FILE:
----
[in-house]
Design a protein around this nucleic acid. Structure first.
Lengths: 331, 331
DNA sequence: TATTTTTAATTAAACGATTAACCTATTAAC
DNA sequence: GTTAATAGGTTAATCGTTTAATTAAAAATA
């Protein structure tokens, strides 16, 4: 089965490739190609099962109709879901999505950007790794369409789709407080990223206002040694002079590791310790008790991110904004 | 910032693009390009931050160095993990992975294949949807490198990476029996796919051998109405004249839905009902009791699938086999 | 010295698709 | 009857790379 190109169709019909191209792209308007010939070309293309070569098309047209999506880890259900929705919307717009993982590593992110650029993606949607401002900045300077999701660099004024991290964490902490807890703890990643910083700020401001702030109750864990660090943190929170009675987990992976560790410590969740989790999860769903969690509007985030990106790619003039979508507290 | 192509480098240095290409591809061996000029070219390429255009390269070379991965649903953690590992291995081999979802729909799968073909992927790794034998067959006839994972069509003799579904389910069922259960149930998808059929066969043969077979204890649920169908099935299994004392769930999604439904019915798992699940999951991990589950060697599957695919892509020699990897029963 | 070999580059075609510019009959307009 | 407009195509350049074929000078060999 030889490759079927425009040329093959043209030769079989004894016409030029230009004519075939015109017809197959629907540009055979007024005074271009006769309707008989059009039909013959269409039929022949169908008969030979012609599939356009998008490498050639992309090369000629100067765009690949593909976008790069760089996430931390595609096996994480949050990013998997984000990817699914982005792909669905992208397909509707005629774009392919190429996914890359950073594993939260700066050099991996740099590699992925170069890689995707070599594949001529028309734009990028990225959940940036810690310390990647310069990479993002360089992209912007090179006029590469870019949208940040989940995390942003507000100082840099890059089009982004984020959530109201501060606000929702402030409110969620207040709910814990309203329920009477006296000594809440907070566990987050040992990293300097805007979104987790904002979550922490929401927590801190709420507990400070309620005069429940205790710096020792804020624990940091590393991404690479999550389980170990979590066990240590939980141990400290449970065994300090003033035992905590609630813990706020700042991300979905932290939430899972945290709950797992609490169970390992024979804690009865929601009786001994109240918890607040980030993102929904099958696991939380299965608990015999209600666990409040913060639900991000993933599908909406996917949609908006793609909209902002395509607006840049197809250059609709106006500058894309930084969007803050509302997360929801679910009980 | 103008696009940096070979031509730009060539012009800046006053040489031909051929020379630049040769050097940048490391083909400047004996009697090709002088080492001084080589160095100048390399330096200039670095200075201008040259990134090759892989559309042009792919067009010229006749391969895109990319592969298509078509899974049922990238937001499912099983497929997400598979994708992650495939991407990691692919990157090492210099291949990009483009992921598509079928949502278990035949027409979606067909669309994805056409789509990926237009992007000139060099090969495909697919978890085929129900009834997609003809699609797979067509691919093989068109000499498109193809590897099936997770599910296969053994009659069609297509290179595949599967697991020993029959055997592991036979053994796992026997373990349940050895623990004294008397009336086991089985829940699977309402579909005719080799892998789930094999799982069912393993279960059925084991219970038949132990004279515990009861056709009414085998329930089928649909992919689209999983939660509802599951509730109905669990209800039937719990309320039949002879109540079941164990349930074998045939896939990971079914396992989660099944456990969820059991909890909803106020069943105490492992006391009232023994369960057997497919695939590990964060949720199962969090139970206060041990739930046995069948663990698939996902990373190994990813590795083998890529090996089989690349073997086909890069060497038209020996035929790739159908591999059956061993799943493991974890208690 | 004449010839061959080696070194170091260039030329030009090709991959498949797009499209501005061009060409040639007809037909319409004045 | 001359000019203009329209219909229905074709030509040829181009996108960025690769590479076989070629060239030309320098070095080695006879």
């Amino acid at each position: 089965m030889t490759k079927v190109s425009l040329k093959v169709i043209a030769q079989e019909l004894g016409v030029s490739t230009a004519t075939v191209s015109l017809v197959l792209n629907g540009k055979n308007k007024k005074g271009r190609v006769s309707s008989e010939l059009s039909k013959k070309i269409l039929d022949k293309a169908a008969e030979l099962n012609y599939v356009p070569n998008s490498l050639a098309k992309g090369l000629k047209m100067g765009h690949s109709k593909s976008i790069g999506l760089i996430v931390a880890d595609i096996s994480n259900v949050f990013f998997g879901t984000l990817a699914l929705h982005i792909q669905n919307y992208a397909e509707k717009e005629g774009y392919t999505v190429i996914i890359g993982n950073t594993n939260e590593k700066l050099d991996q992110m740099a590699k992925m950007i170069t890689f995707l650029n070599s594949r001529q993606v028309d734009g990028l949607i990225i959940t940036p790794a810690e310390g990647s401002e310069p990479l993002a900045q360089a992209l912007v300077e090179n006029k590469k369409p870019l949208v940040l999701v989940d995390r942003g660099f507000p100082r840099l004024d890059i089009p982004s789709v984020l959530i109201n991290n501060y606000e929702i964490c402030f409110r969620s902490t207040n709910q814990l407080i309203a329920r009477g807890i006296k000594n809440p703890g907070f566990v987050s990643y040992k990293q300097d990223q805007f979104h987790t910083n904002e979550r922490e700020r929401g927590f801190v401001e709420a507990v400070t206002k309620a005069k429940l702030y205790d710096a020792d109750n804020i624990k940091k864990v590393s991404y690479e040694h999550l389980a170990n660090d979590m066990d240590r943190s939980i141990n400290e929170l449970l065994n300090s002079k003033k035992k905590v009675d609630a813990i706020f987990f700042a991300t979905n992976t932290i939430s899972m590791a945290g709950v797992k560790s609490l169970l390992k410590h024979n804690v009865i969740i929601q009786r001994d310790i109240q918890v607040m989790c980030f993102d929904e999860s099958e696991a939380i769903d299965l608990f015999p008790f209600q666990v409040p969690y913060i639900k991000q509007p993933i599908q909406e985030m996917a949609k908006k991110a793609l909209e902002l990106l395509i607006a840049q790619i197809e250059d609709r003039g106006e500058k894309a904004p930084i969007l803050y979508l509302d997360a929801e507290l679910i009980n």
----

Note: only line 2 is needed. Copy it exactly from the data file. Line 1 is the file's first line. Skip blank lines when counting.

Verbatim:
Design a protein around this nucleic acid. Structure first.